Pros

  • Comfortable C shape neck profile
  • H-S-S pickup configuration
  • Perfect for beginners
  • Five-way switch for selecting the pickup

Cons

  • Not for professional

Specifications:

  • Scale Size: 34 inches
  • Body Shape: Offset body
  • Material: Maple & Poplar
  • Number of Strings: 4
  • Neck Profile: C”-shaped

With more than 30 years of instrument-building experience, Jackson has demonstrated their expertise with the Spectra JS3Q. If you’re looking for a great all-rounder bass guitar, the Jackson Spectra Bass JS3Q packs a lot of punch in a very attractive package.

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The Jackson Guitars Spectra Series JS3Q bass is a great choice for entry-level bass players looking for performance on a budget. The lightweight materials make this four-string a great value, but don’t let that fool you – its tone is also potent.

P/J pickups offer guitarists the versatility they’re used to while allowing them to explore new sonic territories with the bass boost. Furthermore, the stylish finish will make this instrument stand out in the studio or onstage.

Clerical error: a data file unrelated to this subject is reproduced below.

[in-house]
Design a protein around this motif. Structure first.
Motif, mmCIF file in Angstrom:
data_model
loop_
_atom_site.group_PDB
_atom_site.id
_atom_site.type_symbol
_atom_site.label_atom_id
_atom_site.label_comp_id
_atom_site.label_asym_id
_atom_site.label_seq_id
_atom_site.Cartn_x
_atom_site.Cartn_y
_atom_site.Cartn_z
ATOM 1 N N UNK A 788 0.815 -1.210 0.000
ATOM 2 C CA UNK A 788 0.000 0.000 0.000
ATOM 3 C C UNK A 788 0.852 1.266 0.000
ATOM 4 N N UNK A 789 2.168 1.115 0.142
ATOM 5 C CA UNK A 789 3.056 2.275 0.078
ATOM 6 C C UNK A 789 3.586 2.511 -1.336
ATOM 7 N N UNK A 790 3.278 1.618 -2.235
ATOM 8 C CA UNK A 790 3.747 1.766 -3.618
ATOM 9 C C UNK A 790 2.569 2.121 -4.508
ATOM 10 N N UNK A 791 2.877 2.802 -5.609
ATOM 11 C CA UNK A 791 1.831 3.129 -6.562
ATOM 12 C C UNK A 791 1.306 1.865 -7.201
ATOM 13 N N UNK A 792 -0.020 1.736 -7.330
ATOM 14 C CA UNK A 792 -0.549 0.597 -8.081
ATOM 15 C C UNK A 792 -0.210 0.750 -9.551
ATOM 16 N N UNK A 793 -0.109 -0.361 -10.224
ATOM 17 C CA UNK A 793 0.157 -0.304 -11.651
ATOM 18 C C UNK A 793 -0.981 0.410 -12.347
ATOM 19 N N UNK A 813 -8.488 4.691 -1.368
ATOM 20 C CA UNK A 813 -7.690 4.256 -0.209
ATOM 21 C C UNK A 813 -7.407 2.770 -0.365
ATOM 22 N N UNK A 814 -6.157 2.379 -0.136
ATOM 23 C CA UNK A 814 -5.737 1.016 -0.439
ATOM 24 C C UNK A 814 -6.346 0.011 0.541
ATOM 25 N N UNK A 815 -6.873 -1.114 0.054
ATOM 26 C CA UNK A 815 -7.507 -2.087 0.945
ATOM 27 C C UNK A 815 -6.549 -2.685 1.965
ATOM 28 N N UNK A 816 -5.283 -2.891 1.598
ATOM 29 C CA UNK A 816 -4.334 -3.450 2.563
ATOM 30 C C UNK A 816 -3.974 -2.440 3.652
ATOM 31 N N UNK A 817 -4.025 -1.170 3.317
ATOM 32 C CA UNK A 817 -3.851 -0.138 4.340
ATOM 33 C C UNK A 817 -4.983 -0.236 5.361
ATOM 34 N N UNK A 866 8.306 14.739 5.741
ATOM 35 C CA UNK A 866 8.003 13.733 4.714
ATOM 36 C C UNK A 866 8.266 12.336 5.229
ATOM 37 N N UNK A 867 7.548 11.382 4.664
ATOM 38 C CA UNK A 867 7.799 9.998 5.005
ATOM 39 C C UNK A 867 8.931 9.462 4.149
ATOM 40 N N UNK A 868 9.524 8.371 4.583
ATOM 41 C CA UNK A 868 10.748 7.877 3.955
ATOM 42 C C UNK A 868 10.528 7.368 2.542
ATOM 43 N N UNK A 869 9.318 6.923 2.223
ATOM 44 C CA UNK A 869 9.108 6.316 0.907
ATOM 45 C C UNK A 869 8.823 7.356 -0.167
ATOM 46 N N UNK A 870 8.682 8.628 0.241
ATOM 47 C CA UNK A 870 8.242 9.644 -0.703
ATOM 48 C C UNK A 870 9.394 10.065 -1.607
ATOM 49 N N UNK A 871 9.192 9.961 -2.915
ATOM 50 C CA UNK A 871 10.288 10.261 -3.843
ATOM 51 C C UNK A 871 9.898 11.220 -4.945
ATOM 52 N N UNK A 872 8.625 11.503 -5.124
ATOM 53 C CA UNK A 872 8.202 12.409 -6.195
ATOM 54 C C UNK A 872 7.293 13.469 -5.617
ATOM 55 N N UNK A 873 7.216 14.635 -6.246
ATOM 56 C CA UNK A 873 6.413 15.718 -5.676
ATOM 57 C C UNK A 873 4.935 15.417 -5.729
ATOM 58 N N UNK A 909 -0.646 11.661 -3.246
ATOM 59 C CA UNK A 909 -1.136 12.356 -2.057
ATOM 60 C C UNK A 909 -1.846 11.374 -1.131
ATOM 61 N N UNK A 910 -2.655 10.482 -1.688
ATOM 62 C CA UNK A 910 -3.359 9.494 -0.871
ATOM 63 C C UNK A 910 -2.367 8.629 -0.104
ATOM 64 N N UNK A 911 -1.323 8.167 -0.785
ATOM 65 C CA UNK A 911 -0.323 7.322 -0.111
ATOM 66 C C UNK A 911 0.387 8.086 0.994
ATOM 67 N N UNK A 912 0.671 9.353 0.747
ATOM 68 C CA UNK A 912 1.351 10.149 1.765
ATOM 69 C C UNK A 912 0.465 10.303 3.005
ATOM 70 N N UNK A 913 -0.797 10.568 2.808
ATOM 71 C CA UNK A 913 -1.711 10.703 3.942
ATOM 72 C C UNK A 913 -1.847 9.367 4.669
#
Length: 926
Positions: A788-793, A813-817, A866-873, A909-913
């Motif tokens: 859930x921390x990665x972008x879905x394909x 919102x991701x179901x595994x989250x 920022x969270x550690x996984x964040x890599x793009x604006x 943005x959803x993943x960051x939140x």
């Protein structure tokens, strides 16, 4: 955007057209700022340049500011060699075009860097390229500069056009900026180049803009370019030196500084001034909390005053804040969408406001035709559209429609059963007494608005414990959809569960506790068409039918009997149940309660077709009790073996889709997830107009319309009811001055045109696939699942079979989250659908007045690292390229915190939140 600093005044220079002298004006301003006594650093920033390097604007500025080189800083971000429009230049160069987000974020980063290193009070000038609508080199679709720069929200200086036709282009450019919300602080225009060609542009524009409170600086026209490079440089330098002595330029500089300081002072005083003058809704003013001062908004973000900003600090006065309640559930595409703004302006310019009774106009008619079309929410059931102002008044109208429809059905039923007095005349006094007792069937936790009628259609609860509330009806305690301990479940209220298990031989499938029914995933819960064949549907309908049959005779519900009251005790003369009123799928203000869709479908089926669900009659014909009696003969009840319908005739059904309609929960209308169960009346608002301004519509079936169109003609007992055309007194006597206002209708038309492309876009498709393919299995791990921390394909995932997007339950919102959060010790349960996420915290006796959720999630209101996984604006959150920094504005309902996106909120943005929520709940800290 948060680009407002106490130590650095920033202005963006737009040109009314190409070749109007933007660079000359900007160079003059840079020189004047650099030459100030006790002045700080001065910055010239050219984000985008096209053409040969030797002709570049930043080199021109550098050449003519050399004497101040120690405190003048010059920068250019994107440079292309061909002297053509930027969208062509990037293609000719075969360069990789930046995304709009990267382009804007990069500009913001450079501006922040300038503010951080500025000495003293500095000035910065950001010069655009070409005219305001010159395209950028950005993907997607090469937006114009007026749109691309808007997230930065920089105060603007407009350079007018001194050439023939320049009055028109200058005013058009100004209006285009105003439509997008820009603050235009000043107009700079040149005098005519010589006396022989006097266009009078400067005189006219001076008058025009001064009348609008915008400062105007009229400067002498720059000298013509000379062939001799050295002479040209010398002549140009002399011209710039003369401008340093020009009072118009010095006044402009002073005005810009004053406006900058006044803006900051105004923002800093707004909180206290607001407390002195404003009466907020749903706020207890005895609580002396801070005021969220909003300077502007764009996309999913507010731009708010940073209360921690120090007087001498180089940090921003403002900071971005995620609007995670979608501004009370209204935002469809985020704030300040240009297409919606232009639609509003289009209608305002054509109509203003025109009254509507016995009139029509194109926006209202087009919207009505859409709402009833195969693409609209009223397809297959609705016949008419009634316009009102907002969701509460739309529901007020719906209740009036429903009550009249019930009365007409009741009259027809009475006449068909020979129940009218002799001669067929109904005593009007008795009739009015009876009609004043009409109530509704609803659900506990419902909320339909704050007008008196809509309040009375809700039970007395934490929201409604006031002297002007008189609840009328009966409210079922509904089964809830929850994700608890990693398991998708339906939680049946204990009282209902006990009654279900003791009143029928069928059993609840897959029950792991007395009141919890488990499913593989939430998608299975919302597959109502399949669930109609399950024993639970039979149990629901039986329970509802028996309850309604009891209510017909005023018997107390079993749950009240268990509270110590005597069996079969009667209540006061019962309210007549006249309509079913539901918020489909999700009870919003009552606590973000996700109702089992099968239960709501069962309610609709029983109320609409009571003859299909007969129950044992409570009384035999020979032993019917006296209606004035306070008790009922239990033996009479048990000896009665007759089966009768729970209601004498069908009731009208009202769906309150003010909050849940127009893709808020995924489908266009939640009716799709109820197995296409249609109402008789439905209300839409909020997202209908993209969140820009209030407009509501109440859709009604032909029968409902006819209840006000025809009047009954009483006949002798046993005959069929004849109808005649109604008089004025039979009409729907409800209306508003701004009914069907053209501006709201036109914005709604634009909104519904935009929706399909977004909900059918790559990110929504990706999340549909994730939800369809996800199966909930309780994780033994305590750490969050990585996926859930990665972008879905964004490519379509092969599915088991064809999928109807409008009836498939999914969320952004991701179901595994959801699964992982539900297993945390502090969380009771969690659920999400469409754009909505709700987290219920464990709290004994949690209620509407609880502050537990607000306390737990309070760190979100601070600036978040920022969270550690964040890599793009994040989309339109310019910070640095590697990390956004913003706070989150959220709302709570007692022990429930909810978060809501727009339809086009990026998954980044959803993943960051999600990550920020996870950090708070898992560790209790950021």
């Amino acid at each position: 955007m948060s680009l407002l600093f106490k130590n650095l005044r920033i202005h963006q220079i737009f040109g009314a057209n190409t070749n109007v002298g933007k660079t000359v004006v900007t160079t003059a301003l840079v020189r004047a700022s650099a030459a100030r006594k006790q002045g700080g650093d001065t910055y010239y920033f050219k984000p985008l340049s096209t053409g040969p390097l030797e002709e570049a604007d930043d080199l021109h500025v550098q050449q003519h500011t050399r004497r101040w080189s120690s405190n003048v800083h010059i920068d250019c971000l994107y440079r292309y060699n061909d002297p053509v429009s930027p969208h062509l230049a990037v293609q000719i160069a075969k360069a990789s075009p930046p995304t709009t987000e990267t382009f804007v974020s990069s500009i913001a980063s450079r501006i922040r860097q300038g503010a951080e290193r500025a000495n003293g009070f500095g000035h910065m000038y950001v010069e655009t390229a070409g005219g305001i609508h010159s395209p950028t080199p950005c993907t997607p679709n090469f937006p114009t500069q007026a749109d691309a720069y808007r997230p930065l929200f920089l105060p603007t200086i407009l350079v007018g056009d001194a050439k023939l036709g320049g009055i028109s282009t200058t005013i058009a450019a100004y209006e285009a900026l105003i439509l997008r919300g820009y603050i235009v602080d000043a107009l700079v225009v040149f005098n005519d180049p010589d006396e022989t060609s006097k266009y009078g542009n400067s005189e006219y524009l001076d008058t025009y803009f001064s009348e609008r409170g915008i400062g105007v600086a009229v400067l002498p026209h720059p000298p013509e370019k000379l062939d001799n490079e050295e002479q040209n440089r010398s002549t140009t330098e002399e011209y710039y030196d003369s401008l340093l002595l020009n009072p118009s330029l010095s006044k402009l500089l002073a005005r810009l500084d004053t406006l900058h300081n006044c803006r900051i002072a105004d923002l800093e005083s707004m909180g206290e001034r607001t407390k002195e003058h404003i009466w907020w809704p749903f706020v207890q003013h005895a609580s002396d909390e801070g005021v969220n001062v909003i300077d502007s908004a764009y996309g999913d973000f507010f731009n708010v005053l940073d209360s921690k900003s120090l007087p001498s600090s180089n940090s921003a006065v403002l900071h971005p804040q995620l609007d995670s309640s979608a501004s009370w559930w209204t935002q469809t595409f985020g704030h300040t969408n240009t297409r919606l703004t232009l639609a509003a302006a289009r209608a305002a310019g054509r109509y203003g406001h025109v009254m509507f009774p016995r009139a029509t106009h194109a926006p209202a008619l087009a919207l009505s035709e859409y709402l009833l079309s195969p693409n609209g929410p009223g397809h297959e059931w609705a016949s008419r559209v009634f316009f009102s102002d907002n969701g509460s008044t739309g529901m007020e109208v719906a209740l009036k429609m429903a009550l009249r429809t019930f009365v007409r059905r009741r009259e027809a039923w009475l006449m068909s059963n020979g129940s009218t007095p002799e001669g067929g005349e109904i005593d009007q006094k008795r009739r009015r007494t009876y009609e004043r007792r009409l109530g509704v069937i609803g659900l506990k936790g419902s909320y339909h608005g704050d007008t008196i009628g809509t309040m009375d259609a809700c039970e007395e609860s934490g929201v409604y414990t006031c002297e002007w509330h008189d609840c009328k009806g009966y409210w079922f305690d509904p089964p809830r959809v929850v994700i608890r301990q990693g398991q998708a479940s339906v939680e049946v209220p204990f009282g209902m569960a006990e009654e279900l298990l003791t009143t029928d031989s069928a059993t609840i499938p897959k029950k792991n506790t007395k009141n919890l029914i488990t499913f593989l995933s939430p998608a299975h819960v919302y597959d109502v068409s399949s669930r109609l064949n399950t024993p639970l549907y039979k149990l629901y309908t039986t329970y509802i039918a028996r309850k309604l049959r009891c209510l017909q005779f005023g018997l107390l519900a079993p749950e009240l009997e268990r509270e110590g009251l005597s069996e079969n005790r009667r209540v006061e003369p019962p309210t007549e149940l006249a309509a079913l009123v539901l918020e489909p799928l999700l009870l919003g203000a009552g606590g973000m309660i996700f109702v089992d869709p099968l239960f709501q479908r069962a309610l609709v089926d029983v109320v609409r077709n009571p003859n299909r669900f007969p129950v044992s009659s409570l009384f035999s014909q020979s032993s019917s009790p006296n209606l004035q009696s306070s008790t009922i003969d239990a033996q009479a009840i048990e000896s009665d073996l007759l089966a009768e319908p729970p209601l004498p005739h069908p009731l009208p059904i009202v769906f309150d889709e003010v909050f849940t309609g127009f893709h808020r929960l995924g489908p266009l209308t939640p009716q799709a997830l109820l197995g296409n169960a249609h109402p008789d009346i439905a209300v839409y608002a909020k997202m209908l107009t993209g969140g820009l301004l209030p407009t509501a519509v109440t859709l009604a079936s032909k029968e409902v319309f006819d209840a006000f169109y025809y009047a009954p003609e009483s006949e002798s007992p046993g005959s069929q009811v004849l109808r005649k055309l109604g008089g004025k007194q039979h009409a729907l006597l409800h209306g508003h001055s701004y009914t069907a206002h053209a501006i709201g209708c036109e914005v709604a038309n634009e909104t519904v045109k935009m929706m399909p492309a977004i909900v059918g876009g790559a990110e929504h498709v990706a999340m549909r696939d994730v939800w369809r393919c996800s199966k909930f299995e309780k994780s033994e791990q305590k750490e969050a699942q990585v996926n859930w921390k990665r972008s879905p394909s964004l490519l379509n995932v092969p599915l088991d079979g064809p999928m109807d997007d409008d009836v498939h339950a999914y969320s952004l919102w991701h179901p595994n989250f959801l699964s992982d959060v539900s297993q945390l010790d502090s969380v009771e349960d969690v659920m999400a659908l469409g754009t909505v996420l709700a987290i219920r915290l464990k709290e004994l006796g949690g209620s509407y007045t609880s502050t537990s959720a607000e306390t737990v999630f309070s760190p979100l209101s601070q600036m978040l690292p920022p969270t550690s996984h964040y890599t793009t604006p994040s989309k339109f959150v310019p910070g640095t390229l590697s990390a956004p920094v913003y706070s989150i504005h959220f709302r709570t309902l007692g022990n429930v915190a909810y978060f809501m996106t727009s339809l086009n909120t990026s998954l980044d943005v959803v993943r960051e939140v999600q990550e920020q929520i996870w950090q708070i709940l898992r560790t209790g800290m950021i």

Pros

  • Fun and stable bass
  • Budget-friendly
  • Three-band EQ and active/passive push/pull
  • Excellent hardware build
  • Quilt maple looks nice

Cons

  • The neck profile is quite slim

Specifications:

  • Scale Size: 34 inches
  • Body Shape: U – Shaped
  • Material: Maple
  • Number of Strings: 5
  • Neck Profile: “U” profile

This ESP LTD B-205SM bass guitar delivers a great sound and is comfortable to play. The guitar has a Swamp Ash body, maple/jatoba neck, and two ESP SB-5 pickups. It offers a thin and fast profile and a bridge that allows you to adjust the intonation and action. Even when playing intensely, strings stay in tune.

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This Bass Guitar is a versatile and high-quality instrument that offers a range of benefits for both beginners and experienced musicians. Besides adding visual appeal, the spalted maple top enhances the bass guitar’s tone.